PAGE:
What weighs on me is this. As thankful as I am for the disability checks that pay the bills in our home, I cannot tell you how heavy the burden is to be labeled as "disabled" nor can I put into words the judgment that comes along with that label. In particular, the judgment that comes with trying to prove that disability. There is an odd contradiction that goes on within me when it comes to justifying my illness with entities such as social security or long-term disability insurance. Both of which impart their own level of scrutiny. I would wish for nothing more than to be well. I would do almost anything to return to the job that I loved and the people that made it so. To have to work so hard to prove the very thing that torments me, is at times almost unbearable. And if it were not for our financial situation, I would gladly give it up - every penny, in a heartbeat.

This illness is, by and large, the most horrible thing that has ever happened to me. It has changed my life forever. Every single moment of my life is infused with it. Not one second is spared. What I eat, when I eat, what I wear, what I read, how I sit, how I lay, where I go, when I go, when I wake, when I sleep, how I sleep, what plans are made, who I talk to, what I think...nothing goes without consideration of my illness. To stand in judgment of it as if it were not so - well, on days like this it's more than I can bear. So when Toni Bernhard talks about not wanting to tell people that she is going on vacation, well...I get it. I get it because I have been there myself. There is something terribly wrong when when people with well documented medical illnesses are in fear of being seen out in public when they are having a good day. Or when they're not having a good day, but are just managing to look well for the sake of those they love. And maybe what's wrong is with me. Like Toni said in her article, "Perhaps I let the scales tip in the wrong direction on this one." But to be honest, some days I just don't have what it takes to do the work. To let it go. To be "okay" with it all. Some days, like this day, I'm just weary of it.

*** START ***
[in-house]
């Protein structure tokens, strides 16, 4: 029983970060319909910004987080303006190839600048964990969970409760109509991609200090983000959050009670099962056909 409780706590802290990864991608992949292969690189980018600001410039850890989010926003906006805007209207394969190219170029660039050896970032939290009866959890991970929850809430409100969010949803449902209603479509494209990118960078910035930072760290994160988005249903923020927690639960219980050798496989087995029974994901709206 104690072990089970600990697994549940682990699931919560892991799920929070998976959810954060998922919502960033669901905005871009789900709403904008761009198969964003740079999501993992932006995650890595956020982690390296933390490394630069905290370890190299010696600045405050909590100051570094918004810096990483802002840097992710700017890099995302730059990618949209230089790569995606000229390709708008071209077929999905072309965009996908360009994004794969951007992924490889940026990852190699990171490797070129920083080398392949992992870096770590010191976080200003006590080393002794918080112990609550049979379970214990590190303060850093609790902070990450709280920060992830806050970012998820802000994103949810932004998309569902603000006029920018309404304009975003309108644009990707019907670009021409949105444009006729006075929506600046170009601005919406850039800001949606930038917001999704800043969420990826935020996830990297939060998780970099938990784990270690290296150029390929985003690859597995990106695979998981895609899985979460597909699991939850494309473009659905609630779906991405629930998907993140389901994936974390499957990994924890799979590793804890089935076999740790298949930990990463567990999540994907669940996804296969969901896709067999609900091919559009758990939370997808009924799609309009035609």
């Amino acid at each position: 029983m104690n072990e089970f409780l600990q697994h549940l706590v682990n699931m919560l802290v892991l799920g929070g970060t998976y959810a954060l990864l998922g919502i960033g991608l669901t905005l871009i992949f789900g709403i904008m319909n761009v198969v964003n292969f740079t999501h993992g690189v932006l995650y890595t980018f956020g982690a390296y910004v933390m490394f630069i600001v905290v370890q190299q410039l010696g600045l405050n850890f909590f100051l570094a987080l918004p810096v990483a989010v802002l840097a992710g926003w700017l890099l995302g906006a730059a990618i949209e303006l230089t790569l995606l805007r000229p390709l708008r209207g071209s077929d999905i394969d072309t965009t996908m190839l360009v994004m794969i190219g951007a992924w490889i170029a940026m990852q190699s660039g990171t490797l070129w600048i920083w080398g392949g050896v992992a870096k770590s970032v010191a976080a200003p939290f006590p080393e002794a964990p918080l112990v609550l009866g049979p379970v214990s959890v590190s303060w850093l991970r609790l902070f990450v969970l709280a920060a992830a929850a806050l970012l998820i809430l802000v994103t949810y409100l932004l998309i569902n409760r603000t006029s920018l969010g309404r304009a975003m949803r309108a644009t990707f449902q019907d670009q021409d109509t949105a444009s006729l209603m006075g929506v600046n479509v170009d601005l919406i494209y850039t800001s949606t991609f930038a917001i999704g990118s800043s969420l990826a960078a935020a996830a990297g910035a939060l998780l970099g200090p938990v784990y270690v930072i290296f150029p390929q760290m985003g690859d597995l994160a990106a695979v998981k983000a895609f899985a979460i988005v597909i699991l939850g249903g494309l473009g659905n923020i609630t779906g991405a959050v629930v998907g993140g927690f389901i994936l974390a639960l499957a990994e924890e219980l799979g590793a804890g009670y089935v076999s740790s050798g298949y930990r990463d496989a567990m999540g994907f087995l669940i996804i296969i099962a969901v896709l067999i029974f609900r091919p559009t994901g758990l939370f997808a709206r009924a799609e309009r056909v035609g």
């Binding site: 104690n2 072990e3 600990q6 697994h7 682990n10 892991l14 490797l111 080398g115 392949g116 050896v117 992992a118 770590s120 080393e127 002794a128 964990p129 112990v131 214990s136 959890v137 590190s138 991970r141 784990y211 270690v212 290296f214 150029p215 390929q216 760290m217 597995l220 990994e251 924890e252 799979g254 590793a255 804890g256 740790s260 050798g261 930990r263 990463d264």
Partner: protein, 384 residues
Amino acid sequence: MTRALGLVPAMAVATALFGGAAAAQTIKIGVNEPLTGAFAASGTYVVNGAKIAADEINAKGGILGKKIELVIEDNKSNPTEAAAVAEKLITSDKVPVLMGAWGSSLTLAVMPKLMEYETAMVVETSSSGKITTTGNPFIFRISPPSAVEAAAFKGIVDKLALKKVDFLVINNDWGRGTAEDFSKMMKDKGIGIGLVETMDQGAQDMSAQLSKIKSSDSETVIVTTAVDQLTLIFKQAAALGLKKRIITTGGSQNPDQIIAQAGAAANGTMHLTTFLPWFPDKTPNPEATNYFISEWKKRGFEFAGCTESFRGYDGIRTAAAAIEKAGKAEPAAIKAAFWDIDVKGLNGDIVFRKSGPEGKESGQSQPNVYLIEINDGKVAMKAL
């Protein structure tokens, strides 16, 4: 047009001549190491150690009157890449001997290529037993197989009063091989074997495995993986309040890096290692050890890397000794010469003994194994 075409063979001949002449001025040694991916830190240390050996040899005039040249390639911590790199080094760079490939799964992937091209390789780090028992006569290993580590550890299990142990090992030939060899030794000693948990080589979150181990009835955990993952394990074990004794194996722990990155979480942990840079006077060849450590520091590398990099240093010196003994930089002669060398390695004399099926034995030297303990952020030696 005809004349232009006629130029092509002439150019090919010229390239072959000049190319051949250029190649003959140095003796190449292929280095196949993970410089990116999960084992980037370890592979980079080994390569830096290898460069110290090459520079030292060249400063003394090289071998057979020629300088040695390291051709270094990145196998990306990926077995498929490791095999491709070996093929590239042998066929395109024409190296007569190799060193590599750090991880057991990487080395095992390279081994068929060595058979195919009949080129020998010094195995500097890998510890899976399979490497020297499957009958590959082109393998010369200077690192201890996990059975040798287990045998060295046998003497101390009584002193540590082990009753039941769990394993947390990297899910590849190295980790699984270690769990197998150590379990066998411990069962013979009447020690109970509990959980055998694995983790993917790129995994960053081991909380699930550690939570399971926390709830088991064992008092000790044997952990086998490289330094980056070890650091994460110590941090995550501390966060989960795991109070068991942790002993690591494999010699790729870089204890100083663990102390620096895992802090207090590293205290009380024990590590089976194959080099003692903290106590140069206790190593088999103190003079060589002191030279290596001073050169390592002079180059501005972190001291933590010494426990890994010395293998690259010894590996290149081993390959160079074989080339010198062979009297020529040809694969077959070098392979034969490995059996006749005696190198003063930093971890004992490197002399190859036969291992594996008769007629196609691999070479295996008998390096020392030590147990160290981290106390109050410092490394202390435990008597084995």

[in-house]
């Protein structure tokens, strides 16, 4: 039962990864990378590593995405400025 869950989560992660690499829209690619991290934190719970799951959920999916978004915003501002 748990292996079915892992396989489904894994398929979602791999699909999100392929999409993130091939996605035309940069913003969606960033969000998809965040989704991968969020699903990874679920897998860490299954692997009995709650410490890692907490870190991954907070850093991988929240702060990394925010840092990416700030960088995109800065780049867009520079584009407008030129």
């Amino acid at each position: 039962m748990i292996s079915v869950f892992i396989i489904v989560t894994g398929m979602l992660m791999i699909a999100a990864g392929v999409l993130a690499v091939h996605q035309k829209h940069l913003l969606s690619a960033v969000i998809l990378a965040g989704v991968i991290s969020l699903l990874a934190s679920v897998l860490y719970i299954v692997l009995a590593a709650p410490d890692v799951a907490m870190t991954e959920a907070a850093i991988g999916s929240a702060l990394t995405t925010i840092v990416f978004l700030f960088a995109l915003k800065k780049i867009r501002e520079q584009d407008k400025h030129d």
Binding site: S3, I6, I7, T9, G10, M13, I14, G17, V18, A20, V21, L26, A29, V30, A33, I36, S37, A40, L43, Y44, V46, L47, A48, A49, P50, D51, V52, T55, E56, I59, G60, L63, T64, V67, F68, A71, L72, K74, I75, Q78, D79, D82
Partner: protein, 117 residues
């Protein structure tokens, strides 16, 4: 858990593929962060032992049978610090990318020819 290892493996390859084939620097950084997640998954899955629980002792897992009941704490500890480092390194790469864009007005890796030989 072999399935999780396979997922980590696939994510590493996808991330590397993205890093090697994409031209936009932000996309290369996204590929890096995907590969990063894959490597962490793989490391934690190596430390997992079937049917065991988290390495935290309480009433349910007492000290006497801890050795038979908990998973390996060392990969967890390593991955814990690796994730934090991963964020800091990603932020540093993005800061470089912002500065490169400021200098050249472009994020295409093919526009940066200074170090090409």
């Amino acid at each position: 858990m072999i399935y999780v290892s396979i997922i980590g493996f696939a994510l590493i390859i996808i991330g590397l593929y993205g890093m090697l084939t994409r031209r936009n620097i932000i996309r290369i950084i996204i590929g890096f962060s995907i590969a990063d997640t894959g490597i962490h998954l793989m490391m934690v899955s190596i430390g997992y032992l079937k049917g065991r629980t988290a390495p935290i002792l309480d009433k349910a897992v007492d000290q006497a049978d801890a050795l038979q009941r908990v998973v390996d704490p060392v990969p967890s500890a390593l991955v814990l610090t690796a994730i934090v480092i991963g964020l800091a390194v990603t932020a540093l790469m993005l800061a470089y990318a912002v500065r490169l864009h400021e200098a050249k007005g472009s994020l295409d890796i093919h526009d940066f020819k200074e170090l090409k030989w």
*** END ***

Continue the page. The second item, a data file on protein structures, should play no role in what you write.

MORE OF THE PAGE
Where is the good?

What could possibly be good out of all of this? Believe me, on days like today, weeks like this week, it does not come naturally to answer that question. It takes work. It takes work to not spiral downward. My world is very small sometimes. These four walls get tighter and tighter and problems can look really enormous at times. And they are...